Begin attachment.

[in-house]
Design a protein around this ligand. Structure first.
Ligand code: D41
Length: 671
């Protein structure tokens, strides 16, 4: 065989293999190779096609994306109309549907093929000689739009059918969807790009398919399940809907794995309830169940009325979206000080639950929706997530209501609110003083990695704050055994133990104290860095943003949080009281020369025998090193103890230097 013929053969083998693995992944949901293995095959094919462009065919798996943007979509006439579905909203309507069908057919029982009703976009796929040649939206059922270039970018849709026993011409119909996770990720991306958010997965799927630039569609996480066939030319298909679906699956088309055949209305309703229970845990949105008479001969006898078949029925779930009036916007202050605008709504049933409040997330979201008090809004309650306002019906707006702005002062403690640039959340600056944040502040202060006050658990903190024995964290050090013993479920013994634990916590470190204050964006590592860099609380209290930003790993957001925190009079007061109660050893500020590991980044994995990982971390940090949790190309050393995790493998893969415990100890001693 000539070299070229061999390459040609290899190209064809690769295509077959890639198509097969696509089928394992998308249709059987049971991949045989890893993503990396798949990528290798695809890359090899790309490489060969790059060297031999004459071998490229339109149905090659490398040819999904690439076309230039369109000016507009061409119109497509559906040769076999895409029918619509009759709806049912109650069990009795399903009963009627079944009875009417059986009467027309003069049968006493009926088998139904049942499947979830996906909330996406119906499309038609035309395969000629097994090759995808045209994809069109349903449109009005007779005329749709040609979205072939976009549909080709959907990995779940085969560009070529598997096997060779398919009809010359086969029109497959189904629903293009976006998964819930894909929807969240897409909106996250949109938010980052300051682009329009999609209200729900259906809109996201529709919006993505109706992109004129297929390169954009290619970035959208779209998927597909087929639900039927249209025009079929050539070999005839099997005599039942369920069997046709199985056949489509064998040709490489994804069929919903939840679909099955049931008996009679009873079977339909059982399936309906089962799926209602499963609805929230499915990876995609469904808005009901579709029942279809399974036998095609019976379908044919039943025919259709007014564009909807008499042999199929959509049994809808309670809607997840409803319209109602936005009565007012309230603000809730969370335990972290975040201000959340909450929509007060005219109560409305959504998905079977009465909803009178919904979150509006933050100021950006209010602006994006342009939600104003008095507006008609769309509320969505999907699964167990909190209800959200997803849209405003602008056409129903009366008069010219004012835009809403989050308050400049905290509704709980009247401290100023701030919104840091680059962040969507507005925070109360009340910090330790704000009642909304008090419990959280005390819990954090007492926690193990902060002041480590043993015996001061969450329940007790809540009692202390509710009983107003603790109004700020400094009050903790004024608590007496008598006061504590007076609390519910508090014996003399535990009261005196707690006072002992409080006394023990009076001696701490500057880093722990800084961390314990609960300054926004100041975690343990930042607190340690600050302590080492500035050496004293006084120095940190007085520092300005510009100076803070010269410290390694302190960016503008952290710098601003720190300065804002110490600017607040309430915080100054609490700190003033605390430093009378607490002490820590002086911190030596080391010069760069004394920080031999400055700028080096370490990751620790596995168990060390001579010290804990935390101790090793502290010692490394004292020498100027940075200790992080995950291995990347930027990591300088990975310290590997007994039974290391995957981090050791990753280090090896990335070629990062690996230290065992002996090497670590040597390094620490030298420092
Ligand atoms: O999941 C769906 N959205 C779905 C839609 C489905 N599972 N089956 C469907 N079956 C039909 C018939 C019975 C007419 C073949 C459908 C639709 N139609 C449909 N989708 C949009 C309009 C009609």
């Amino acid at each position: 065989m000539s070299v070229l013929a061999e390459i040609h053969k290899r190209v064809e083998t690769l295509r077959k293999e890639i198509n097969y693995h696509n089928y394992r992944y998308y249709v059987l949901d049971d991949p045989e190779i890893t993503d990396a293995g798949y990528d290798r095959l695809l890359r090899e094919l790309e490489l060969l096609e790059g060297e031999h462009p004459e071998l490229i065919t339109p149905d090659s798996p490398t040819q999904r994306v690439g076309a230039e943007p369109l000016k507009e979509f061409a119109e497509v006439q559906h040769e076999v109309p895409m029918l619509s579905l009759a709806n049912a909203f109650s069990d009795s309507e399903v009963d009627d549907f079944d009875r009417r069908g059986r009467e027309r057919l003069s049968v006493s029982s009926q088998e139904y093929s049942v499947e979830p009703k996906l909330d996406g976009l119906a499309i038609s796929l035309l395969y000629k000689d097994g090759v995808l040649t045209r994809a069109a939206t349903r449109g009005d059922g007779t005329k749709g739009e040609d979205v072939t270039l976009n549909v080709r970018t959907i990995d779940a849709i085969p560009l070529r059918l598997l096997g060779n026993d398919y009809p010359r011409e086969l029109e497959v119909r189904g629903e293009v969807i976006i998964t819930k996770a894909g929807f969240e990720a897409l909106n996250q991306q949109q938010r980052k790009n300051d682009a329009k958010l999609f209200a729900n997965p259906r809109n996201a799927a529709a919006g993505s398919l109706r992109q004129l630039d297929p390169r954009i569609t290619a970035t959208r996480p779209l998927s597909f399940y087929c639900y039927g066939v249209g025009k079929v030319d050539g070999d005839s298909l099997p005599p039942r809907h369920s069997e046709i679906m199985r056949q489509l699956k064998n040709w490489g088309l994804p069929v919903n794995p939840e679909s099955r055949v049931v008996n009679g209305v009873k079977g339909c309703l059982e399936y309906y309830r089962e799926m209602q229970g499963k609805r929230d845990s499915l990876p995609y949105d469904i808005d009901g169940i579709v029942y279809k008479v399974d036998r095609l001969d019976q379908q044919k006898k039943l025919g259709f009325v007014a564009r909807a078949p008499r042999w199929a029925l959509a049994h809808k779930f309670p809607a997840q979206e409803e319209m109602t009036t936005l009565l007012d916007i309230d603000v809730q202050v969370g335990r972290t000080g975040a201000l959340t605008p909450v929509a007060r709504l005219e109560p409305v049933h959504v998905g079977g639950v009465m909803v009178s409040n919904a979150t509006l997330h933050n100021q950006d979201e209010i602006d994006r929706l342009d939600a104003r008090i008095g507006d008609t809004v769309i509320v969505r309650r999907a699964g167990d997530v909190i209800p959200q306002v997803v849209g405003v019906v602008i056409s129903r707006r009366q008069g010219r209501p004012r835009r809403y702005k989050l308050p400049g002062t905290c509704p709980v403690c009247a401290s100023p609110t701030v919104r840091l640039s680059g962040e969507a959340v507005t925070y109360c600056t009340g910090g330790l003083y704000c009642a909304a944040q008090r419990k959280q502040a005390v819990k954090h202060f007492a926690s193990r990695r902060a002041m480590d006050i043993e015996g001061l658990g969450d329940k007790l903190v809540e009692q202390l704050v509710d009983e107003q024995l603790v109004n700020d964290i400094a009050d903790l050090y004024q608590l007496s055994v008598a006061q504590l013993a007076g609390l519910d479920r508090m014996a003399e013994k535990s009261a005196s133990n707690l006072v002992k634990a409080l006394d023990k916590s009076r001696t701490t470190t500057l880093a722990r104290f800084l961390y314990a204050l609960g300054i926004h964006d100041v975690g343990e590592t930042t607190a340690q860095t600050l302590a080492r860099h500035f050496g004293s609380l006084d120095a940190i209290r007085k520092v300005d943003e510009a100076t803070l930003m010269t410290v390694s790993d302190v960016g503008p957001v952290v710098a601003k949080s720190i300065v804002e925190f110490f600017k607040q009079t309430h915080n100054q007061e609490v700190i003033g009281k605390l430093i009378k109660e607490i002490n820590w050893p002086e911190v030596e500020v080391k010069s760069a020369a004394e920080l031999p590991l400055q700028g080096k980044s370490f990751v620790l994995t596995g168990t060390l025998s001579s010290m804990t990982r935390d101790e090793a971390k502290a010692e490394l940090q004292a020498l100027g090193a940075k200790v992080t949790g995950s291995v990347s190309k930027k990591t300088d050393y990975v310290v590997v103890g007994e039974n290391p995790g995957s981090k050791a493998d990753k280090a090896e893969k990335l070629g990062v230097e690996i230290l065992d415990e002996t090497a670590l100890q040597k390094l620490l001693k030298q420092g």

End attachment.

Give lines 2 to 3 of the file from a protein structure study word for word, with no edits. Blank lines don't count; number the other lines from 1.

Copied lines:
Design a protein around this ligand. Structure first.
Ligand code: D41